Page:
Criteria for US Police Shooting at a Suspect?

Often wondered about this and never really been sure of the answer.

Here in the UK (as i understand it) police are only permitted to open fire where there is an immediate threat to human life. There are probably pages and pages of guidelines but i think the principle is pretty simple and clear cut. Also, in my view, pretty sensible.

Watching various US TV shows it seems like police can open fire if a suspect is just trying to escape, where there is certainly no threat to life nor even any suggestion of it.

Is this the case? If so, what’s the justification? If not, what is the criteria?

Each state (maybe each municipality) is gong to have a different criteria, but from what I’ve seen, they’re not too different from what you describe in the UK. Typically, an investigation is triggered (no pun intended) every time a policeman discharges a firearm, so it’s always a big deal.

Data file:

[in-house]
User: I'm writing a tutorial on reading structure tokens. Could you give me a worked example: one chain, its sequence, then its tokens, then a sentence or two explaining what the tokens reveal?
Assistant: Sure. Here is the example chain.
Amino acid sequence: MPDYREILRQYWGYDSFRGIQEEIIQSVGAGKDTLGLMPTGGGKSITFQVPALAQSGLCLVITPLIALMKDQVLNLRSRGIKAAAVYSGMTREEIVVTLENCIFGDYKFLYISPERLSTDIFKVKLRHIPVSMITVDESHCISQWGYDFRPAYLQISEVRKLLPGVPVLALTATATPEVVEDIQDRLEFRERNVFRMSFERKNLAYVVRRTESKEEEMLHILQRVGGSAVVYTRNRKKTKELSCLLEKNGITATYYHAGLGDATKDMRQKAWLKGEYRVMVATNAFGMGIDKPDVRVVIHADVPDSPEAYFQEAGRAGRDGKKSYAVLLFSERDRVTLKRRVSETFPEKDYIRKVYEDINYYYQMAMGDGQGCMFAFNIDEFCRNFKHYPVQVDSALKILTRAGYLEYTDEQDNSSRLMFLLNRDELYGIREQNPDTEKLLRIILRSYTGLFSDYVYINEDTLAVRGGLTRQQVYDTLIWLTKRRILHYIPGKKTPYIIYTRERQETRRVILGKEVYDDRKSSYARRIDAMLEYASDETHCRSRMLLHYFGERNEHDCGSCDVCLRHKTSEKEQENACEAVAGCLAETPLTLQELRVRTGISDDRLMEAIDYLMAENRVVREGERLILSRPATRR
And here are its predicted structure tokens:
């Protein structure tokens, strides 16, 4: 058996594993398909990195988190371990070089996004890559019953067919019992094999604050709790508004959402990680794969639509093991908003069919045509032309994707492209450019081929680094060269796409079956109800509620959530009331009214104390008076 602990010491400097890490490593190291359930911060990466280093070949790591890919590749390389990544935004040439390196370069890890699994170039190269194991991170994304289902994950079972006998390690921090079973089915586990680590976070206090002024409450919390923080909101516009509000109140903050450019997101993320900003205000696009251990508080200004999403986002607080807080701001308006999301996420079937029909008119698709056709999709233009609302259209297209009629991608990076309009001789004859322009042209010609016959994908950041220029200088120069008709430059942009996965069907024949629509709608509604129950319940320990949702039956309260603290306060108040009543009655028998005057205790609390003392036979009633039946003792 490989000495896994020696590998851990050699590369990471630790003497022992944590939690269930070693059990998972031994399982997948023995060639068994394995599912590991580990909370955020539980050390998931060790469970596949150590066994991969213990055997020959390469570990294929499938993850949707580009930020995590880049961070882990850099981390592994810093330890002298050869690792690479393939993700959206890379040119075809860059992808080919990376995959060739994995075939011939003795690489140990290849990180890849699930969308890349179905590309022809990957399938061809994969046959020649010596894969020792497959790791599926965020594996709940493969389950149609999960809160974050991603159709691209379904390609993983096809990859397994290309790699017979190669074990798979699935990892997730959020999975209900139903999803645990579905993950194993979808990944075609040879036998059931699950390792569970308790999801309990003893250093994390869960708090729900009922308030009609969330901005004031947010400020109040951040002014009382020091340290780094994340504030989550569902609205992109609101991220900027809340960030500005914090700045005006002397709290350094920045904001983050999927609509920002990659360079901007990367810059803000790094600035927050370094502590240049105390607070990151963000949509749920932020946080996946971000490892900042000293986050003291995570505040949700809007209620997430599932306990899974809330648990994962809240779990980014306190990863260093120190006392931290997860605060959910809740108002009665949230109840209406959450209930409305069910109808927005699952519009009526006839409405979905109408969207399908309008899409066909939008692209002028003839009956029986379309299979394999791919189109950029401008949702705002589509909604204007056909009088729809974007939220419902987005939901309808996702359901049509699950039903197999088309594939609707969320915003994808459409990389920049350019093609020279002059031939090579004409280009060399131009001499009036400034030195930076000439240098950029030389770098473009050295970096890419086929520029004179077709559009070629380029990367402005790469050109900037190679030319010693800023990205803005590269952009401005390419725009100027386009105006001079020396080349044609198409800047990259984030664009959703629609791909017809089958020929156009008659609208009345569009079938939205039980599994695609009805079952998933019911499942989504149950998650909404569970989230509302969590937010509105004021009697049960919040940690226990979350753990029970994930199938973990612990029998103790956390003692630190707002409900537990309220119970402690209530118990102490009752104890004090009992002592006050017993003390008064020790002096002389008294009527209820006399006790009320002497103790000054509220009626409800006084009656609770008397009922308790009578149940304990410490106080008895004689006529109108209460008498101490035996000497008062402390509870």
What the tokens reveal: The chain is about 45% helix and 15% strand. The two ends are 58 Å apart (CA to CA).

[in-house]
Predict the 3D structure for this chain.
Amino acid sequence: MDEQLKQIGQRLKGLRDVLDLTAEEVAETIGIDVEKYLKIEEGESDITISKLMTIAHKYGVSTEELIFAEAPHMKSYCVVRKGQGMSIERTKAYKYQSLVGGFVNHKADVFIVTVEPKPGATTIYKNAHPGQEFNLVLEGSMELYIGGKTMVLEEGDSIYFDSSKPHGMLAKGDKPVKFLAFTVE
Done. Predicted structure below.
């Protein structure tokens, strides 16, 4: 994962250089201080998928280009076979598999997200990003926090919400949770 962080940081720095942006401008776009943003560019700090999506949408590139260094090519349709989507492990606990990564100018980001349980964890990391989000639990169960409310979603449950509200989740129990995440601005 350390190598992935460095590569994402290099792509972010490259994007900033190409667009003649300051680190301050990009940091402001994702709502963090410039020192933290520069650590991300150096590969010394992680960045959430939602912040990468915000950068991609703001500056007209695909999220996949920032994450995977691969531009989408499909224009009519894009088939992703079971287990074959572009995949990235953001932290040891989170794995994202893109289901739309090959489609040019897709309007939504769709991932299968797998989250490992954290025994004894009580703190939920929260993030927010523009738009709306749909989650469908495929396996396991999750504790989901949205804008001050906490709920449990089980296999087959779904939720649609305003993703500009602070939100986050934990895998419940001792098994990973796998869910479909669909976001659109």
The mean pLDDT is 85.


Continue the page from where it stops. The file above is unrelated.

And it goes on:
Also, don’t believe what you see on TV shows. If *CSI *were to be believed, the Crime Lab guys spend lots of time chasing down subjects and interrogating them.

The same standard applies in every US jurisdiction, barring minimal subtleties in departmental regulations and whatnot. For a shooting to be justified, there must be a legitimate, immediate threat to the officer’s (or someone else’s) life, or a reasonable perception of same.

Don’t believe everything you see on TV.

You pretty much have it. Police are authorized to shoot if there’s an immediate threat to ‘public safety’ and no other reasonable action will stop that threat. For example, a man waving a gun and not responding to orders to drop it can be shot as soon as the gun is pointed at a person.

Actually, a person waving a gun can be shot. If he points that gun at someone he may very well pull the trigger in the same instant. Then it would be too late for the police to shoot.